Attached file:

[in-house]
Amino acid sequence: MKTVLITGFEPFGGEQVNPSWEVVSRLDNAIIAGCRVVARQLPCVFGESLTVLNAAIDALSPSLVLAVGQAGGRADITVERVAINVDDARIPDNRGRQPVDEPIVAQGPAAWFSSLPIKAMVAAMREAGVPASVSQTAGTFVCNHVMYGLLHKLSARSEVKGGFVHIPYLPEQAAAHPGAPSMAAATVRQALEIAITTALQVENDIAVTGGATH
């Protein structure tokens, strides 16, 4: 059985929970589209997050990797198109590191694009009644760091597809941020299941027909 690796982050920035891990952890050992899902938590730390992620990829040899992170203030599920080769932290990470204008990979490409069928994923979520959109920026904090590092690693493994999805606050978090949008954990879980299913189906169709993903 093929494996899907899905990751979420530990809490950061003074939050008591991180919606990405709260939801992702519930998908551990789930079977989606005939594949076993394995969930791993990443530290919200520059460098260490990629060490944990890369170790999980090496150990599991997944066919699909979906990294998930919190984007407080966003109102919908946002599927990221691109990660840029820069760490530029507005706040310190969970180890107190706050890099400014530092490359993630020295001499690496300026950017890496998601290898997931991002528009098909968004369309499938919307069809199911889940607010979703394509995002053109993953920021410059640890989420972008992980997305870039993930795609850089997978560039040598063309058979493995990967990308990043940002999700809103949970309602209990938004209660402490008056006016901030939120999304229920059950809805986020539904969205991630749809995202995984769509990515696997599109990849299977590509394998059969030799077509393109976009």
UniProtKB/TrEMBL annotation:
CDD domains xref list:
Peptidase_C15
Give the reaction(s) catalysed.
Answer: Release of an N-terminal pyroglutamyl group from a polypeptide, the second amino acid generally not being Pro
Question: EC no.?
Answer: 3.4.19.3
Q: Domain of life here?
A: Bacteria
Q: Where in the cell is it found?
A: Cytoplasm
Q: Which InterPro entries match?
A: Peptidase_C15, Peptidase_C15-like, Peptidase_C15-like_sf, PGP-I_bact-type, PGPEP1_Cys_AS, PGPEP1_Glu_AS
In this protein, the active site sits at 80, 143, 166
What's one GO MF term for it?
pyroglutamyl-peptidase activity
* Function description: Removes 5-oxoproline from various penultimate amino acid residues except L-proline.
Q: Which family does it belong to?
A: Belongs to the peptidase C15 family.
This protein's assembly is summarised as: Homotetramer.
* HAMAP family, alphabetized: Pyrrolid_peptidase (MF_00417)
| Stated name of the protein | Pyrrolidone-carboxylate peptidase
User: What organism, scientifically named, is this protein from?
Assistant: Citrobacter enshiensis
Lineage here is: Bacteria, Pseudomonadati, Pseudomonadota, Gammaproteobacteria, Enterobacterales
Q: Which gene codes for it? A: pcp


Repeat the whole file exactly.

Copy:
[in-house]
Amino acid sequence: MKTVLITGFEPFGGEQVNPSWEVVSRLDNAIIAGCRVVARQLPCVFGESLTVLNAAIDALSPSLVLAVGQAGGRADITVERVAINVDDARIPDNRGRQPVDEPIVAQGPAAWFSSLPIKAMVAAMREAGVPASVSQTAGTFVCNHVMYGLLHKLSARSEVKGGFVHIPYLPEQAAAHPGAPSMAAATVRQALEIAITTALQVENDIAVTGGATH
């Protein structure tokens, strides 16, 4: 059985929970589209997050990797198109590191694009009644760091597809941020299941027909 690796982050920035891990952890050992899902938590730390992620990829040899992170203030599920080769932290990470204008990979490409069928994923979520959109920026904090590092690693493994999805606050978090949008954990879980299913189906169709993903 093929494996899907899905990751979420530990809490950061003074939050008591991180919606990405709260939801992702519930998908551990789930079977989606005939594949076993394995969930791993990443530290919200520059460098260490990629060490944990890369170790999980090496150990599991997944066919699909979906990294998930919190984007407080966003109102919908946002599927990221691109990660840029820069760490530029507005706040310190969970180890107190706050890099400014530092490359993630020295001499690496300026950017890496998601290898997931991002528009098909968004369309499938919307069809199911889940607010979703394509995002053109993953920021410059640890989420972008992980997305870039993930795609850089997978560039040598063309058979493995990967990308990043940002999700809103949970309602209990938004209660402490008056006016901030939120999304229920059950809805986020539904969205991630749809995202995984769509990515696997599109990849299977590509394998059969030799077509393109976009």
UniProtKB/TrEMBL annotation:
CDD domains xref list:
Peptidase_C15
Give the reaction(s) catalysed.
Answer: Release of an N-terminal pyroglutamyl group from a polypeptide, the second amino acid generally not being Pro
Question: EC no.?
Answer: 3.4.19.3
Q: Domain of life here?
A: Bacteria
Q: Where in the cell is it found?
A: Cytoplasm
Q: Which InterPro entries match?
A: Peptidase_C15, Peptidase_C15-like, Peptidase_C15-like_sf, PGP-I_bact-type, PGPEP1_Cys_AS, PGPEP1_Glu_AS
In this protein, the active site sits at 80, 143, 166
What's one GO MF term for it?
pyroglutamyl-peptidase activity
* Function description: Removes 5-oxoproline from various penultimate amino acid residues except L-proline.
Q: Which family does it belong to?
A: Belongs to the peptidase C15 family.
This protein's assembly is summarised as: Homotetramer.
* HAMAP family, alphabetized: Pyrrolid_peptidase (MF_00417)
| Stated name of the protein | Pyrrolidone-carboxylate peptidase
User: What organism, scientifically named, is this protein from?
Assistant: Citrobacter enshiensis
Lineage here is: Bacteria, Pseudomonadati, Pseudomonadota, Gammaproteobacteria, Enterobacterales
Q: Which gene codes for it? A: pcp